6. A high proportion of the parsonage houses of the Church of England were endowed locally. Frequently the land was given by a local landowner and the rectory built cither by a local individual or by local public subscription and then conveyed to the corporation sole to be held in perpetuity for ecclesiastical, i.e. charitable, purposes. There have, of course, long been powers to replace large and expensive-to-maintain houses by smaller and more easily maintained rectories and vicarages. Usually, the diocese has had the benefit of the proceeds not needed for the replacement house and has recycled them elsewhere. There can, arguably, be justification in charitable terms for that.
7. However, we cannot see that there is any justification for removing the trustee ownership from the local rector or vicar and giving it to a diocesan body which inevitably will have agendas of its own. Present arrangements arc working perfectly well in almost every case. Senior ecclesiastical lawyers are divided on the wisdom of what is proposed.
8. We would particularly draw your attention to clause 7(1) (and schedule 2 clause I (I)) of the proposed Measure, which provides that parsonage houses will be transferred to a diocesan body 'discharged from all previously existing trusts in favour of the benefice or of the incumbent'. We are concerned that this provision could overturn at a stroke the original (and to our minds charitable) intention of a donor who may have given or built a parsonage house to facilitate the ministry of a particular parish (it to advance religion). This may be a provision which the Commission should review, in particular.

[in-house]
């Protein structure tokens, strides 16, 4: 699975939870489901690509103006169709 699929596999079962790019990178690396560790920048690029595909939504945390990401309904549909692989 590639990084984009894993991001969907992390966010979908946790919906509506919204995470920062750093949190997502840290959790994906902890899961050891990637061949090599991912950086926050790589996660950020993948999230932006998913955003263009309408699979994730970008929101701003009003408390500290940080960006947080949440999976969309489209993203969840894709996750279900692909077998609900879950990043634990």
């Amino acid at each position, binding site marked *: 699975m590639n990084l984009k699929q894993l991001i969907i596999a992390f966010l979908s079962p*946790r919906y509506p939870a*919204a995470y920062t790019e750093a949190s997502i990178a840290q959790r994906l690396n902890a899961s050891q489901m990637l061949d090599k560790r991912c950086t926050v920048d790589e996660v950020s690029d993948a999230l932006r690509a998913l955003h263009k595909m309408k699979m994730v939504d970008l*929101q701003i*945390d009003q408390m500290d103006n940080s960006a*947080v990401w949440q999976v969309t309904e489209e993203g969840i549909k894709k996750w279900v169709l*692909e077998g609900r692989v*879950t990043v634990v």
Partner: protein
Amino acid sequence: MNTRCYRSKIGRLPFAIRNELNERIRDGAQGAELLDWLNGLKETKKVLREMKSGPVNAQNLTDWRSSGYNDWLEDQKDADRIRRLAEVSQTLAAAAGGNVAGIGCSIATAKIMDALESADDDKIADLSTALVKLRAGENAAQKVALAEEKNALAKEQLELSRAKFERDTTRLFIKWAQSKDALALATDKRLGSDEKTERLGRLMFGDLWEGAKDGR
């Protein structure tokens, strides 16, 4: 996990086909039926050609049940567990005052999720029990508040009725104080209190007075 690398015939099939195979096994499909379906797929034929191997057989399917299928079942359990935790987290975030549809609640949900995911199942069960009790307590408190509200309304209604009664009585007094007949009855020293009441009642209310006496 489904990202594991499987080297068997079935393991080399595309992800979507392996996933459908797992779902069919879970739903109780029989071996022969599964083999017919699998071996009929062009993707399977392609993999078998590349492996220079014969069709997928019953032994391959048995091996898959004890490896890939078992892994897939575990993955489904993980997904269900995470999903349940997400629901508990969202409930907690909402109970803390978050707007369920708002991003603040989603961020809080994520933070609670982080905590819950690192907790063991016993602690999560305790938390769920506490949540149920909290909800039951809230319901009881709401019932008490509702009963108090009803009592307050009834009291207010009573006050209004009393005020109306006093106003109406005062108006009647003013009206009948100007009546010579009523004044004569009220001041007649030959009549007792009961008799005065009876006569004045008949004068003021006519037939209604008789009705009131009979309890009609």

9. We request that this matter has your urgent attention and that you advise on whether or not our concerns are well-founded and/or raise questions of charity law which the Synod will need to consider.
Dean of Christ Church
Although signed by me, this letter is written with the support of the following who wish to be associated with it:
- Dr Paul Kent, Chairman of the Patrons Consultative Group representing inter alia a substantial network of private patrons of Church of England livings and the following patronage trusts with rights of presentation to about 1000 livings between them and representing a very wide range of traditions within the Church:
- Church Pastoral Aid Society
- Church Trust Fund Trust
- Martyrs Memorial and Church of England Trust
- Church Patronage Trust
- Church Society Trust
- Church Union
- Guild of All Souls
- Oxford Churches Trust
- Society for the Maintenance of the Faith